Day One: Friday, 25 September 2009
After a warm welcome by Dr. Tamás Dezső [Dean of the Faculty of Humanities at Eötvös Loránd University] and H.E. Ambassador Aly El-Hefny [Ambassador of Egypt in Hungary], we proceeded to the keynote speaker of the congress, Prof. Dr. Jac J. Janssen [Professor Emeritus at the University of Leiden], who discussed 'Earning a living at Deir el-Medina'. Later, Hanadah Tarawneh [Macquarie University] gave a paper on 'Gift exchange and tribute in the Amarna letters’, shedding more light on the gift-exchange practice by comparing the actual Amarna texts to other sources. Next, Vessela Atanassova [University of Paris Sorbonne IV, New Bulgarian University] delivered a paper entitled 'The Economic Function of the Title jmy-r Hmw- nTr "Overseer of the God’s Servants"?' linking the title jmy-r Hmw-nTr to a more economical rather than religious function. The following speaker, Andrea Zingarelli [University of La Plata], spoke about 'Trade and “money” in Ramesside Egypt: the use of general equivalents in economic transactions'.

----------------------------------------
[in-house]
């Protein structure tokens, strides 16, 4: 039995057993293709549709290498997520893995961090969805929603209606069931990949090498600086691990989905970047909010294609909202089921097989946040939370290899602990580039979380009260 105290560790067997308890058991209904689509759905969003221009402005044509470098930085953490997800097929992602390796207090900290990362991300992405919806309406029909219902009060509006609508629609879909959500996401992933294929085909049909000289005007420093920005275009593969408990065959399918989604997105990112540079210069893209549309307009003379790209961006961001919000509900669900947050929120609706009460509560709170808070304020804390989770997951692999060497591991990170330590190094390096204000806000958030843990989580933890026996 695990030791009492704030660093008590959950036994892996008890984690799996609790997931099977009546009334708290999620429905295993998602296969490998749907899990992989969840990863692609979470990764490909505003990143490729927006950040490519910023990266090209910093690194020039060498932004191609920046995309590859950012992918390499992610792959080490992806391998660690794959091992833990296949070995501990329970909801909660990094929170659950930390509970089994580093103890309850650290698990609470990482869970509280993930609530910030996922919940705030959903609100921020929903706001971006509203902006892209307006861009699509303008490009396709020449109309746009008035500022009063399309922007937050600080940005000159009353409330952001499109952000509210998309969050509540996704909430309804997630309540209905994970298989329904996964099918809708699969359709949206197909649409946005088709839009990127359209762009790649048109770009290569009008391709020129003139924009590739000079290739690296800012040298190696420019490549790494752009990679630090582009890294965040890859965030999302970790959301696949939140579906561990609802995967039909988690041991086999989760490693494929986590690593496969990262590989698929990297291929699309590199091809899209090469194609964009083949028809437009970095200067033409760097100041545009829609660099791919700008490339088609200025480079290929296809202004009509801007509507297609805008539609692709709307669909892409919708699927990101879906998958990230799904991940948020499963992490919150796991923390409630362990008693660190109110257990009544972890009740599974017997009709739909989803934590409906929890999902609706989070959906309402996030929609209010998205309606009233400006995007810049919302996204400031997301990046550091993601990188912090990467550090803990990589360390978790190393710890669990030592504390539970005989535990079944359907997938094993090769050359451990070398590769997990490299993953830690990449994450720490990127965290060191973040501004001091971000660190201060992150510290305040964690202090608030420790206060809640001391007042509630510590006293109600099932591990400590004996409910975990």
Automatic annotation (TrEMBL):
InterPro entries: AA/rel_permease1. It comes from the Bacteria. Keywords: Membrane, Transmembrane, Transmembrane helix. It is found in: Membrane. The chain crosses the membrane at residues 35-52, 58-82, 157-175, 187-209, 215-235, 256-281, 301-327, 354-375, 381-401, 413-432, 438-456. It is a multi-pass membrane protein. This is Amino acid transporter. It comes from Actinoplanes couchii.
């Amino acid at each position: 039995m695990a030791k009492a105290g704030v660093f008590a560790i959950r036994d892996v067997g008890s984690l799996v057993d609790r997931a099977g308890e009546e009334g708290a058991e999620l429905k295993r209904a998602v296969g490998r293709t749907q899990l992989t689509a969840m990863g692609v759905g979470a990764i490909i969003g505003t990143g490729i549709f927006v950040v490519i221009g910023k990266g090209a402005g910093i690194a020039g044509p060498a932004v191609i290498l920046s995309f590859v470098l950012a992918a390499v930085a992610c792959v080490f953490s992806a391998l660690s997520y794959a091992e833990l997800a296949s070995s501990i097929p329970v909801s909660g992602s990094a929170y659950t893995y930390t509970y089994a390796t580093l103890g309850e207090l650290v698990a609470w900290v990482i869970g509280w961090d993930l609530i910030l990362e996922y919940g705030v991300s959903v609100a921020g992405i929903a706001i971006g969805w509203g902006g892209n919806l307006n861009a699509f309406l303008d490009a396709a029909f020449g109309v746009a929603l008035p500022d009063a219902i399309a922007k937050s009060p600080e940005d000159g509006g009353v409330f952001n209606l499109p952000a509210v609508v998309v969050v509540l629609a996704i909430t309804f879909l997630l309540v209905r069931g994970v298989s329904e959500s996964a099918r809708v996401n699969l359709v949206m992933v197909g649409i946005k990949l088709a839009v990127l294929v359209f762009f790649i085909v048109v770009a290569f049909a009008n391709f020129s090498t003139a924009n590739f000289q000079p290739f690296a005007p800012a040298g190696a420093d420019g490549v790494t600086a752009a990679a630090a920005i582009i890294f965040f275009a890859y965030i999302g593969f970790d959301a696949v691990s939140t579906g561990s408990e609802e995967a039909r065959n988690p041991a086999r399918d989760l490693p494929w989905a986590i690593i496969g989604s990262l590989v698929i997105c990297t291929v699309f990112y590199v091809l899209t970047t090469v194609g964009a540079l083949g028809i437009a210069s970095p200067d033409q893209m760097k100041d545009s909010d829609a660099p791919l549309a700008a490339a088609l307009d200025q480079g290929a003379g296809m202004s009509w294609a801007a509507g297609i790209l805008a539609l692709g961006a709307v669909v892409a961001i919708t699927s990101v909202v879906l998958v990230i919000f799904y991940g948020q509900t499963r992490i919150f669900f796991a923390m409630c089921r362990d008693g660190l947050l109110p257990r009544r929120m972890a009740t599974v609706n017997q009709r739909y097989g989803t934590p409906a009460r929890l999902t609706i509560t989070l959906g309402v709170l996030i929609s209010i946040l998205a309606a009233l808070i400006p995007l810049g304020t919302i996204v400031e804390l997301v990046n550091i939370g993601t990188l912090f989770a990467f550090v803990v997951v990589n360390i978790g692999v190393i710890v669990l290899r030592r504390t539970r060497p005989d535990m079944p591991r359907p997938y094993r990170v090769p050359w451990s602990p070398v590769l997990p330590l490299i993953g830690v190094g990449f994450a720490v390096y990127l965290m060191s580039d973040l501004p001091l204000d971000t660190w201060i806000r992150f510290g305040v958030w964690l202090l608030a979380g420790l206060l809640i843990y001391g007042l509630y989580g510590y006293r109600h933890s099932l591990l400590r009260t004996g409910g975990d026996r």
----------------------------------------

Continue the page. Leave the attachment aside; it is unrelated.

After breaking for lunch, Dr. Ian Shaw [University of Liverpool] raised a number of interesting points on pottery typology in his paper: 'Economic symbols? Quadrilingual vessels as metaphors for the Egypto-Achaemenid encounter.' Furthermore, the joint research of Dr. Sara Caramello and Dr. Alessandro Cappellini [Egyptian Museum of Turin and University of Turin] focused on luxury goods and pointed at issues such as reciprocity and reputation in their paper: 'An economic perspective on Near Eastern inter-kingdom relationships during the Late Bronze Age.'
The day progressed with Elena Valtorta's [Basel University] paper on 'Commercial routes in Upper Egypt from Late Naqada II to the Protodynastic: Defining patterns of interaction', followed by Mariusz Jucha's [Jagiellonian University in Krakow] presentation on 'The early Egyptian Rulers in the Nile Delta–a view from the Necropolis at Tell el-Farkha, and Marcin Czarnowicz's [Jagiellonian University in Krakow] research on 'The intersection of the trading routes; commerce and economy of pre- and early Dynastic Tell el-Farkha’.